Keeping the Faith

Would You Look At Photos of Your Mum Naked?

I saw Kim Kardashian in the flesh once, at the Melbourne airport. Didn’t realise it was her, to be honest. I was too excited about Johnny Depp wandering around in the newsagency.

A friend and I were stalking him, whispering behind hands and rummaging in handbags for something he could autograph.

That was until a stranger pointed out that our celebrity radar was seriously confused and the reason for the throng of attention was none other than Kim Kardashian. The Johnny Depp lookalike was one of her entourage!

Let down of the century.

We left the Johnny Depp impersonator in the newsagency (he had the suave glasses, the goatee, the mysterious smile – the whole look!) and returned to our husbands, red-faced.

They were laughing their guts out, of course. We won’t live that one down in a hurry.

Yup, I saw Kim in the flesh but I guarantee that most internet users will have seen much more of her flesh than I have after her sensationalised nude photo shoot went viral last week.

Blogger Brian Orme – a dad of teenage boys – outlined his plan for a sit-down with his sons, using the Kim K. exposure as a springboard for discussion around sex and respect for women (if you have a teen boy with internet access, it’s more than likely he’s seen the pics).

He quoted this Bible verse:

“(Treat) older women as mothers, and younger women as sisters, with absolute purity.” (1 Timothy 5:2)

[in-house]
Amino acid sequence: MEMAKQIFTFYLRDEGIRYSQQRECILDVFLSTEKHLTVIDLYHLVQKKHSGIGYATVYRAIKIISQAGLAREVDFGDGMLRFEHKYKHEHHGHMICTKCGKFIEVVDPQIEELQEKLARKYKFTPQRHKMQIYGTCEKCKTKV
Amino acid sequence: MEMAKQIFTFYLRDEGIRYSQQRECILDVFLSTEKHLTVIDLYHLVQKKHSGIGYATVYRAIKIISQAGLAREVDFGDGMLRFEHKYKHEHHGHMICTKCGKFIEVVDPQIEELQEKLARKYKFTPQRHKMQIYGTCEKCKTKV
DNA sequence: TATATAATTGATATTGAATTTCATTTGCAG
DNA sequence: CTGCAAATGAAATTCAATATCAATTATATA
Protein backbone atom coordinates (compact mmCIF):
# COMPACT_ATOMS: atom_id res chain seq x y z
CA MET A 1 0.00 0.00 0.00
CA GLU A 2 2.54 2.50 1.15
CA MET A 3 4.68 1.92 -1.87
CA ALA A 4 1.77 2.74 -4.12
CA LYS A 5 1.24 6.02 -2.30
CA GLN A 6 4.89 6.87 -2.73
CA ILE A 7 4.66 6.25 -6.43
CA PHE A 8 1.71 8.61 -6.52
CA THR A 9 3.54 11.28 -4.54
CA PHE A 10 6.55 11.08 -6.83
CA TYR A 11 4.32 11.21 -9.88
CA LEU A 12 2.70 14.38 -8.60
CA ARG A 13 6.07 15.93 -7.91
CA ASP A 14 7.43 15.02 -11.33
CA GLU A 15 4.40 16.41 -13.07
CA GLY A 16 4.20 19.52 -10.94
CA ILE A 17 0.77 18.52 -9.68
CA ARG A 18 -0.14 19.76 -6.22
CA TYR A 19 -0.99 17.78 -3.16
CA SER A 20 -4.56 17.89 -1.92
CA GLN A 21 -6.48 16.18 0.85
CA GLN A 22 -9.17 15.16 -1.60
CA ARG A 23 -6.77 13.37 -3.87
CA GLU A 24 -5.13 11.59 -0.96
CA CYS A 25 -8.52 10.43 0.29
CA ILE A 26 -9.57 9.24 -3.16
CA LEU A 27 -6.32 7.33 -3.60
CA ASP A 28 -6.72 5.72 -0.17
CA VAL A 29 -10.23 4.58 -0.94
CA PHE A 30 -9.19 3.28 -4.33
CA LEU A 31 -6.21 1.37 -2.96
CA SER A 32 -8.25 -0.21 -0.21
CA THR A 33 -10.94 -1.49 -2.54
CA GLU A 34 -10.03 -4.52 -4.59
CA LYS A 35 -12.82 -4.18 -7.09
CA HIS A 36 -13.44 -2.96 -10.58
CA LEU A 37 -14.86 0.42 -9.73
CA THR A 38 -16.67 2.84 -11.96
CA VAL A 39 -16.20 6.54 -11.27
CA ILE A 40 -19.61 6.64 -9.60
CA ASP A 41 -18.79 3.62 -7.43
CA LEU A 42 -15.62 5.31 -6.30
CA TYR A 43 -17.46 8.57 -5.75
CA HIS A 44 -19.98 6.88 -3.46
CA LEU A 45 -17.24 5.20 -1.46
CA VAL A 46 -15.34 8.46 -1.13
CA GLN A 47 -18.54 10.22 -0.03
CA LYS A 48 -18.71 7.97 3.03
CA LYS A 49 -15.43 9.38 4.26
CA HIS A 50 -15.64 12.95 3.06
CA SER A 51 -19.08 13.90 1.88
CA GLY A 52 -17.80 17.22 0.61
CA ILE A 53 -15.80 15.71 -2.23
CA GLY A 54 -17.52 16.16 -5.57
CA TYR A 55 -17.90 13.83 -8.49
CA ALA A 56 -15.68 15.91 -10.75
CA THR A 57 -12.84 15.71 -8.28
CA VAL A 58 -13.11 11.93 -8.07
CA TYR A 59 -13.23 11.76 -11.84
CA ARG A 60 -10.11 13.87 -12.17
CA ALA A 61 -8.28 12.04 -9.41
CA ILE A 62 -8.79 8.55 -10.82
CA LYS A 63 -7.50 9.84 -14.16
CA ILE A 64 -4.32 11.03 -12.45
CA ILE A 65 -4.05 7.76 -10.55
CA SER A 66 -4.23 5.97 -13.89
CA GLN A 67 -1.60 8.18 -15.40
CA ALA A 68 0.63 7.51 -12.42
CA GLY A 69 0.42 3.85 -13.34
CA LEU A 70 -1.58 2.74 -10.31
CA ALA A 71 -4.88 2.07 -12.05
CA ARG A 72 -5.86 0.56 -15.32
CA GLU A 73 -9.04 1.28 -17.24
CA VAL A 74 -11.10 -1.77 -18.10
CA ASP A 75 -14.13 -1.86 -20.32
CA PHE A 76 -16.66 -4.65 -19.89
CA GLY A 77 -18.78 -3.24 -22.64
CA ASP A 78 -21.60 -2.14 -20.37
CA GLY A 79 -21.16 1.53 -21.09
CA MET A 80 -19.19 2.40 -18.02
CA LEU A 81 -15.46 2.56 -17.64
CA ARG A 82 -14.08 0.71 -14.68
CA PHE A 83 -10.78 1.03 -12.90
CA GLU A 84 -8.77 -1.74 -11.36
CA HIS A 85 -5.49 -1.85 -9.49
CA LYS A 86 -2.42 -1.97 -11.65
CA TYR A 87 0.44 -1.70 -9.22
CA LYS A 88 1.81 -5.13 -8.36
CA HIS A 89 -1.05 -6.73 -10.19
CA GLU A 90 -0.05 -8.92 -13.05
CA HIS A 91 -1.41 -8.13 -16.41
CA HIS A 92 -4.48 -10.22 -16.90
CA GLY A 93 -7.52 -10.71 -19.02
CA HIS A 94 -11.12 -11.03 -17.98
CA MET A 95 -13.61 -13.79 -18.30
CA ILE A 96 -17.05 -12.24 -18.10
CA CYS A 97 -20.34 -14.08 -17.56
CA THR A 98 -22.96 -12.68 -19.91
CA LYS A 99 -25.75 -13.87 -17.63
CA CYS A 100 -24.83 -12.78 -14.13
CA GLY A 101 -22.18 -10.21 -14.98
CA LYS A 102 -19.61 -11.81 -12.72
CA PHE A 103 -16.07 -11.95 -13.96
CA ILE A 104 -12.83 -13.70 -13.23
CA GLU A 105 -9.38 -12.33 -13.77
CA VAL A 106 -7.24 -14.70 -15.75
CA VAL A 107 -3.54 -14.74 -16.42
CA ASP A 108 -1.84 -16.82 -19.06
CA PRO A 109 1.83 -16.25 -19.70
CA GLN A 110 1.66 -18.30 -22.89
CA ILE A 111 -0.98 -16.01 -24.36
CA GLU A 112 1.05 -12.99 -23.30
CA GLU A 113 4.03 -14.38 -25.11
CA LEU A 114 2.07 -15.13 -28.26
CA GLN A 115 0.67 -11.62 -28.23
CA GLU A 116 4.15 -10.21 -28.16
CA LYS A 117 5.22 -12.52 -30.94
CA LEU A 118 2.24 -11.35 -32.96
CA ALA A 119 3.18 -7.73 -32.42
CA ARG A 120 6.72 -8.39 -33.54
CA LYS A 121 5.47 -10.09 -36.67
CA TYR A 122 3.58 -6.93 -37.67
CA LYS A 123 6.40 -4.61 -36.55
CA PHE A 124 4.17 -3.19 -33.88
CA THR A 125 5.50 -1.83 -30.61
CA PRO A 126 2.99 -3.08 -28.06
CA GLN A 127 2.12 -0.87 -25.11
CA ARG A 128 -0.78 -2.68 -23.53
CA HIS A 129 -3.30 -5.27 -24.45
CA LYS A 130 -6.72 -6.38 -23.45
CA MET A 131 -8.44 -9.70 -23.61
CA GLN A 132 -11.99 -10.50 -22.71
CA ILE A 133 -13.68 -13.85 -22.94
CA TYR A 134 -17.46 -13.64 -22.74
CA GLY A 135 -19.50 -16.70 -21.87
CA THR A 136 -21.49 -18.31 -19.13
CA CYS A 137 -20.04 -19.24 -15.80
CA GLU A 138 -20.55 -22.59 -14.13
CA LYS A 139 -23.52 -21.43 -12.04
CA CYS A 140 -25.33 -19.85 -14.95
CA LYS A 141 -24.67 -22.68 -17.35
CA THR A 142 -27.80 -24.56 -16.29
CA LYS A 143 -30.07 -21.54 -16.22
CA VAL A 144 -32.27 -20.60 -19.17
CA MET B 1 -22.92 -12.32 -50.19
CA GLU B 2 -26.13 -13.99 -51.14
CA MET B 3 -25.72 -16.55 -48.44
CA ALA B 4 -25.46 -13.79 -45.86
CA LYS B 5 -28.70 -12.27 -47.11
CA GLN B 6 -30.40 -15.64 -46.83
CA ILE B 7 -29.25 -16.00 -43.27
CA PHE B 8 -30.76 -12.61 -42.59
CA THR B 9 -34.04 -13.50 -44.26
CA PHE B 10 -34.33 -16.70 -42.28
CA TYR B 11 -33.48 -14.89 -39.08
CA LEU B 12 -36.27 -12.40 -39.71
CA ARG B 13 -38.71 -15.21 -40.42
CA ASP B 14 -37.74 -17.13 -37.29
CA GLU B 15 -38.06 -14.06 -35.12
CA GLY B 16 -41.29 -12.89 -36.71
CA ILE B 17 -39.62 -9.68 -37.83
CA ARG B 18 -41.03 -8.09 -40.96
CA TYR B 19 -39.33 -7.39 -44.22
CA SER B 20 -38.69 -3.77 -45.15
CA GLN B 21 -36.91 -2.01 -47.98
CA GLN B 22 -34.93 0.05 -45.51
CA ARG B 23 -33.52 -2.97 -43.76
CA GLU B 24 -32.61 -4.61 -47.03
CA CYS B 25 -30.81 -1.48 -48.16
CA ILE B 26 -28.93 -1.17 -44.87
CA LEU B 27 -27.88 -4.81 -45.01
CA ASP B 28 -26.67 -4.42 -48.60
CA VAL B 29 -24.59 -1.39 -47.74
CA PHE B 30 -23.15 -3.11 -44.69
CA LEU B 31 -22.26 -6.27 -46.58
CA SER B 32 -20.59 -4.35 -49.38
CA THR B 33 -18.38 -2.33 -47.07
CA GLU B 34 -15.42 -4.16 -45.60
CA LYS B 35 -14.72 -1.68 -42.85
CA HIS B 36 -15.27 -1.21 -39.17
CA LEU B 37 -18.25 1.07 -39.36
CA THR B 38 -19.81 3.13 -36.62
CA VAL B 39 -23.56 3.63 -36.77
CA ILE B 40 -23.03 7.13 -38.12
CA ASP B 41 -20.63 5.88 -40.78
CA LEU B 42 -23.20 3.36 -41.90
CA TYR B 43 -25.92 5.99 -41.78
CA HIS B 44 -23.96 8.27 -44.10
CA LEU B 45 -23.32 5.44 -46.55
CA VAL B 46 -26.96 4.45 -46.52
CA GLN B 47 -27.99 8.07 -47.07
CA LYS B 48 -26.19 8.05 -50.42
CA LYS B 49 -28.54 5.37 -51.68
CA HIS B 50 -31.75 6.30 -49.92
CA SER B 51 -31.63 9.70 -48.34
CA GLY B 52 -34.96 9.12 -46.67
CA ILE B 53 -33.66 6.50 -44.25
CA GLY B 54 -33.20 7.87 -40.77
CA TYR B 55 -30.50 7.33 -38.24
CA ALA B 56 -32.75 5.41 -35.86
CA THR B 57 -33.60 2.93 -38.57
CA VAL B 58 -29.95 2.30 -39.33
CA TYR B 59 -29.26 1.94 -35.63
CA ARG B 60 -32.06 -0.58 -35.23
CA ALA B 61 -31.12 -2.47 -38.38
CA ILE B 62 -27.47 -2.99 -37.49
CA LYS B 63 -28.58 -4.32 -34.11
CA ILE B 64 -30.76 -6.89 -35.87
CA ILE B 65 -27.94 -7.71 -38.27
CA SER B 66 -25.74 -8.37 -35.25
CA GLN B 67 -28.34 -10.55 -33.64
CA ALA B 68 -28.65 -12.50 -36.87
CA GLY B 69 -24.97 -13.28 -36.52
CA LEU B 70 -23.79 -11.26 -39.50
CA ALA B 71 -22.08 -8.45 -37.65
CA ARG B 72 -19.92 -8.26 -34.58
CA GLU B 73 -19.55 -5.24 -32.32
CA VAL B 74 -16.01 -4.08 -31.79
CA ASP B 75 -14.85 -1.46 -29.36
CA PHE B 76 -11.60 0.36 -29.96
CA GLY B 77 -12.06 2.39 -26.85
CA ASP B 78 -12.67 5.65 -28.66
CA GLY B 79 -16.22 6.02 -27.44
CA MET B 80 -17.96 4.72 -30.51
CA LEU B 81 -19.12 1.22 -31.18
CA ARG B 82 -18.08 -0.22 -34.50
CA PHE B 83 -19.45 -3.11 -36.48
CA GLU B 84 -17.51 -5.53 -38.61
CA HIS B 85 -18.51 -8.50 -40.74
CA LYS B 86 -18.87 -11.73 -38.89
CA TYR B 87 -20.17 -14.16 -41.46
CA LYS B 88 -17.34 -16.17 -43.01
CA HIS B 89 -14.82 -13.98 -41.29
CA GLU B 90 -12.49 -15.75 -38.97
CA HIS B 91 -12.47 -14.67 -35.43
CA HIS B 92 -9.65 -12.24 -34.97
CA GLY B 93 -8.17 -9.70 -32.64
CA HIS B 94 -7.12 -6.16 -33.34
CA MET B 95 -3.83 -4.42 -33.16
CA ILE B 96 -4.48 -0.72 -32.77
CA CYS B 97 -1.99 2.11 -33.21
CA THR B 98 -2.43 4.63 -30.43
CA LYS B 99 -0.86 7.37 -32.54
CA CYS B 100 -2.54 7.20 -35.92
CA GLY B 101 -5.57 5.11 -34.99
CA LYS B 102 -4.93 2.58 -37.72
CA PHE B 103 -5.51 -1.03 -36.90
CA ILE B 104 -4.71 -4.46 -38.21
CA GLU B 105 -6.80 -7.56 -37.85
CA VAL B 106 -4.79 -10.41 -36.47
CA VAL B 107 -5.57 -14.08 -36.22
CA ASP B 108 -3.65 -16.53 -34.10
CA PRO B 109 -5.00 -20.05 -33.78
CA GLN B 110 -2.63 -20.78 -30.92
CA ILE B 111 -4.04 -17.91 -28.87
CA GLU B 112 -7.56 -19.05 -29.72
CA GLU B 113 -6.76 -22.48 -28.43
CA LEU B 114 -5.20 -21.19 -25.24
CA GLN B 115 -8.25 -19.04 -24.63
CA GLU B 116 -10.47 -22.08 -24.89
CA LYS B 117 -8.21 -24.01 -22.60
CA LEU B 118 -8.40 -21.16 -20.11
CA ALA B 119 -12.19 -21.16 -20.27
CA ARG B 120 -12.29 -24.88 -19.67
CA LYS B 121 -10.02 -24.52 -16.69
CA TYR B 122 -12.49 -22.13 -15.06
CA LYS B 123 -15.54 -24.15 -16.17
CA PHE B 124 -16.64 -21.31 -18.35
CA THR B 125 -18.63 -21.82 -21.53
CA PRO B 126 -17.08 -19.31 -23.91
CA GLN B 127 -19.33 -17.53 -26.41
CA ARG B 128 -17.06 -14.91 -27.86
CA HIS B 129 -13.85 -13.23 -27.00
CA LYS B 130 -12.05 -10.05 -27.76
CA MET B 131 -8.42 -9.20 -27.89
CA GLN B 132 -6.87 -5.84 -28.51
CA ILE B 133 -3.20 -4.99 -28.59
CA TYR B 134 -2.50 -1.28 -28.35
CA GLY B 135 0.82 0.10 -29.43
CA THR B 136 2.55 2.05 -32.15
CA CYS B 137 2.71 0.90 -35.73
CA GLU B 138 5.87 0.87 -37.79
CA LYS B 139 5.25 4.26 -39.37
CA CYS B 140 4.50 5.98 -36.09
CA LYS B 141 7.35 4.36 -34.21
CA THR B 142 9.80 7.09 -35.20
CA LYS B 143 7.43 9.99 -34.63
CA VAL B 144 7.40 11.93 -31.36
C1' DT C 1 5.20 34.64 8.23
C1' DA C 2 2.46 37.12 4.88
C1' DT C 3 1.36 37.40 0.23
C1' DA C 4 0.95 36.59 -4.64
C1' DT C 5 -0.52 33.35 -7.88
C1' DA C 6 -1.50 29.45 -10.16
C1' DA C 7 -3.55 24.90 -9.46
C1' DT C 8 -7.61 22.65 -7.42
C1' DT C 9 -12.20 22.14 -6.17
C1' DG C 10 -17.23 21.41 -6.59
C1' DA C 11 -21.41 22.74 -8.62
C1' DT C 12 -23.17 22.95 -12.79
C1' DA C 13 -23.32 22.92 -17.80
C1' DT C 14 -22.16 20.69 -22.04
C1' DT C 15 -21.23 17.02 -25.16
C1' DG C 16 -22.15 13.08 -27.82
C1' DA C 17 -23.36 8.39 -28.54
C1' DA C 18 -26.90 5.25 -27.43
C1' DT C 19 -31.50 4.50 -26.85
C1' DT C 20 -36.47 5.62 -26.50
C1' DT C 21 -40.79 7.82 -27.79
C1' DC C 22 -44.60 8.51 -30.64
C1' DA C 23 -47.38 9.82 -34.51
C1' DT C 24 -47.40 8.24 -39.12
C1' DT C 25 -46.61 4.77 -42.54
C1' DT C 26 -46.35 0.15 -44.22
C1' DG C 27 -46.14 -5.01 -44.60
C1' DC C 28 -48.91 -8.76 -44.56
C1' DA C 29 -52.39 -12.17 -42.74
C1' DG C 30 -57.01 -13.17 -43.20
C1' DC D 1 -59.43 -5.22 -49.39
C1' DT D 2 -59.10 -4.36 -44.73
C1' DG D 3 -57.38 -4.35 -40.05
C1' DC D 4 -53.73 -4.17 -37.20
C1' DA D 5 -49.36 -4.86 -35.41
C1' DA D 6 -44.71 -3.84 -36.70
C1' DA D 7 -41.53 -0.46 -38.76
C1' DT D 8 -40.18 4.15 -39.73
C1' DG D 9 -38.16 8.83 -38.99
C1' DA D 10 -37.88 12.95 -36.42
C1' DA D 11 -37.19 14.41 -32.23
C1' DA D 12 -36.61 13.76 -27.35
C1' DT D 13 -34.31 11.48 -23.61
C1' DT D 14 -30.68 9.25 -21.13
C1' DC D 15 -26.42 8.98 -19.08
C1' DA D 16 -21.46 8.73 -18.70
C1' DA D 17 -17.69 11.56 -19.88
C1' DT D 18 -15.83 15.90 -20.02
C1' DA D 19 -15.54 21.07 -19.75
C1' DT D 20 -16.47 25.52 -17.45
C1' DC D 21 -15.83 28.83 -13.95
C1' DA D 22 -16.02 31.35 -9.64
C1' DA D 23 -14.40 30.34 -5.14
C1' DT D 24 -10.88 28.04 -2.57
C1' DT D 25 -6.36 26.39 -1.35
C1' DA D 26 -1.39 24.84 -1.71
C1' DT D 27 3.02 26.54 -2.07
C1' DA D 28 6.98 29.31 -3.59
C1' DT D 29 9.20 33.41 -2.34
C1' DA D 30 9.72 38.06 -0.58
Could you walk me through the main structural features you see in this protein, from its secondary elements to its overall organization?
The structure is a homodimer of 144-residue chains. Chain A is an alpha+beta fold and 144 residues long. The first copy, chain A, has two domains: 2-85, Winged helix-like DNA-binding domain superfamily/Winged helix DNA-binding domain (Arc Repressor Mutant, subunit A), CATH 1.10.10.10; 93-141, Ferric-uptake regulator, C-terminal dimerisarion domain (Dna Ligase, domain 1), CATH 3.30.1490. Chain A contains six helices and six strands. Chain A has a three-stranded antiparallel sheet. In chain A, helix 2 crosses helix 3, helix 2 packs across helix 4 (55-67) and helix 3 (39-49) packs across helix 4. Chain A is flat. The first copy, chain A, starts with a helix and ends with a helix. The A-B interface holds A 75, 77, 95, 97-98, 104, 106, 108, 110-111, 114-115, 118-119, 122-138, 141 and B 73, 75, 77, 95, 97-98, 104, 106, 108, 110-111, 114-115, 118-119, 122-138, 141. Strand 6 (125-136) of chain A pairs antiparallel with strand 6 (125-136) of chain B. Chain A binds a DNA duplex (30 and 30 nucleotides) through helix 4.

Kim is 34 – she’s someone’s wife, mother and daughter.

Never mind that she chose to bare it all for a magazine cover. Her motivations aren’t my concern, and she’s certainly not the first. But how do you handle such images? Do you allow them space in your computer, in your conversations, in your head?

Here’s a confronting question: If they were nude photos of your mother or your sister, what would you do?

Hopefully you’d turn away.

I’ve been chewing this verse over and over – it would make a supreme social experiment.

Take a group of young adults, aged 20-something, and have them apply the 1 Timothy 5 ethos to every element of life. Treat older women as mothers and younger women as sisters – at uni, out shopping, on social media, in the supermarket, at work, on the road, in the newspapers and magazines they read.

I’d call it The Respect Project.

I predict there would be two outcomes; respect for fellow people and purity in our own motivations.

I was dismayed to see the level of insolence when controversial Senator Jacqui Lambie posted a photo of herself on Facebook, “off for dinner with His Excellency Mr Xi Jinping, President of the People’s Republic of China and Madame Peng Liyuan”.

The proceeding 557 comments (at last count) were mostly horrendous critiques on the way she looked. I won’t repeat them because to do so would perpetuate the verbal abuse. As for what I think of her political viewpoint and conduct – irrelevant. She deserves our respect at the very least.

If Senator Lambie was your mother or sister dressed up to meet the Chinese president, would you publically hurl insult upon scathing insult about her dress, her face, her hair, her weight and so on?

Hopefully not.

“Treat older women as mothers, younger women as sisters, with absolute purity.”

This verse is about respect.

It’s actually a pretty foolproof solution to being beyond reproach in the way we treat fellow people, male and female.

So how about it – The Respect Project… any takers?

First published in The Examiner Newspaper for Keeping the Faith column on Monday November 24, 2014.


  1. Thanks for drawing attention to this verse Claire.
    Thanks for pointing out how we should view women – either as mothers or sisters.
    Here’s another good verse:
    ‘I made a covenant with my eyes not to look lustfully at a young woman.’ (Job 31:1)
    But it’s so hard and temptation is all too easily yielded to.  But we need to persevere in seeking to honour God with our behaviour.

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